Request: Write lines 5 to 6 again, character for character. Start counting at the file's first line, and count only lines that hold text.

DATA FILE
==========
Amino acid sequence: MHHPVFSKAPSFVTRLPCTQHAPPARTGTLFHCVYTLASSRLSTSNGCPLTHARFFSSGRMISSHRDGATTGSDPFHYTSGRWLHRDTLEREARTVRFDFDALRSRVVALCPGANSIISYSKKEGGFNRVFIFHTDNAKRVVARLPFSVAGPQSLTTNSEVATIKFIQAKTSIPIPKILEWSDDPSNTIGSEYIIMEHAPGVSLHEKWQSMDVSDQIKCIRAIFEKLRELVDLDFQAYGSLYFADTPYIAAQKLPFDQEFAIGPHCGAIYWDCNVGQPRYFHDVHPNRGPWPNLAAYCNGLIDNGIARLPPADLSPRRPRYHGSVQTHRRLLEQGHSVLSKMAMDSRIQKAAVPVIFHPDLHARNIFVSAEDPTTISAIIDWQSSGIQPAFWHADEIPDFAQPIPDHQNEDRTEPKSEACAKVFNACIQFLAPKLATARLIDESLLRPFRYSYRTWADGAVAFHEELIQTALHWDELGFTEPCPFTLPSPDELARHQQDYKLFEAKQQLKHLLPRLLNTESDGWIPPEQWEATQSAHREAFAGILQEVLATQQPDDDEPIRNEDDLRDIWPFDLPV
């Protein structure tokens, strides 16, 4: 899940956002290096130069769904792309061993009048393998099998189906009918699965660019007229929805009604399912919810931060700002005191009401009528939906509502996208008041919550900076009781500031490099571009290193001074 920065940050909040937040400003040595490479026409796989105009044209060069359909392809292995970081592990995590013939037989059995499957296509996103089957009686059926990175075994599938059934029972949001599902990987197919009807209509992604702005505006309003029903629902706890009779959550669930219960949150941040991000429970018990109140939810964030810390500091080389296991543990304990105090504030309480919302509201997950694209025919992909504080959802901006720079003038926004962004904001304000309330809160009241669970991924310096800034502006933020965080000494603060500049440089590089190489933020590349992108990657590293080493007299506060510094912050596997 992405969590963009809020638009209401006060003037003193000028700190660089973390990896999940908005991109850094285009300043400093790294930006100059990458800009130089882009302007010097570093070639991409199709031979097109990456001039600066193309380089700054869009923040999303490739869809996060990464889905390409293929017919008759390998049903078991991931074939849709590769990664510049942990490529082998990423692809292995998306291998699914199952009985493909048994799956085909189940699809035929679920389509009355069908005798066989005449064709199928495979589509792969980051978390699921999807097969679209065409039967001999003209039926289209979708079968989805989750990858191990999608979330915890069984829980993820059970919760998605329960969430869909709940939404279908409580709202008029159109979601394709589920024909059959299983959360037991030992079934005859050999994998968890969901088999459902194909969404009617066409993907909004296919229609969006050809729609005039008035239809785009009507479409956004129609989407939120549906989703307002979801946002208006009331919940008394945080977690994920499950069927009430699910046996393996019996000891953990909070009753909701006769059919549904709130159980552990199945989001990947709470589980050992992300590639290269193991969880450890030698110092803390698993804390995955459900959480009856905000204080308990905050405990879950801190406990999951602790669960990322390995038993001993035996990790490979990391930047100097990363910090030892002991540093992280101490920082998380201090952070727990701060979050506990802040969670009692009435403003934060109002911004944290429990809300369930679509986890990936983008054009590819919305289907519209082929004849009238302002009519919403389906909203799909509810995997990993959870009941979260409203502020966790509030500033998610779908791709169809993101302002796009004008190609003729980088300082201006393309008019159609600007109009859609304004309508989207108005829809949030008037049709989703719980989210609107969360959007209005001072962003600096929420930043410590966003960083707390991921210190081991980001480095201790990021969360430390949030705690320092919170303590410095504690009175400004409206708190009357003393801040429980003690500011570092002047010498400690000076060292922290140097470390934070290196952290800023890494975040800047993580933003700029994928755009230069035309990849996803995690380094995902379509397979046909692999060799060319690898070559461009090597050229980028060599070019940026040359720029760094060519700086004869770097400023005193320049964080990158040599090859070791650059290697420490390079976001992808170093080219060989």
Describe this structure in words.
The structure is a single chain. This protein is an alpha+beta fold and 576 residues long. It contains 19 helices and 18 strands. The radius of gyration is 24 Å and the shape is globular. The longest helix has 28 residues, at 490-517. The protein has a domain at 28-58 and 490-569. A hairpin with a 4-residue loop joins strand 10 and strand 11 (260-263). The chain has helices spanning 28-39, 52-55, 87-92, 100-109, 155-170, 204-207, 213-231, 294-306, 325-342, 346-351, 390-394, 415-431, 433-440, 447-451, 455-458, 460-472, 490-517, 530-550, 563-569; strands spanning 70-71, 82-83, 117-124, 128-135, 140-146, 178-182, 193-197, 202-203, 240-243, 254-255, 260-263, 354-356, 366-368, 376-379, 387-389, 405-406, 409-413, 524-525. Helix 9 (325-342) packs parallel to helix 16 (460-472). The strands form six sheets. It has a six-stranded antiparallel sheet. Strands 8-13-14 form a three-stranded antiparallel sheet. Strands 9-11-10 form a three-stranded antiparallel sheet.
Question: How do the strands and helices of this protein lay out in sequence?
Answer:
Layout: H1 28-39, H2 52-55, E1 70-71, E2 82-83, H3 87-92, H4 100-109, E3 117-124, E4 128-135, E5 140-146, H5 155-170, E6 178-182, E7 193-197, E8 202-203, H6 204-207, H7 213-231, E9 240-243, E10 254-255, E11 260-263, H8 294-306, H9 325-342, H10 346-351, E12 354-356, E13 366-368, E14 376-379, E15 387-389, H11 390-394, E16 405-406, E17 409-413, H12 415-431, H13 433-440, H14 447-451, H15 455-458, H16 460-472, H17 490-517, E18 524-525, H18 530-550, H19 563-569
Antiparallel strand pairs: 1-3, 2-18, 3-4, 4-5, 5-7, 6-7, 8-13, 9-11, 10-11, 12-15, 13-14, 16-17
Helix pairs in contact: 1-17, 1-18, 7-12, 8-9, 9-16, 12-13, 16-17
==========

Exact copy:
Question: How do the strands and helices of this protein lay out in sequence?
Answer: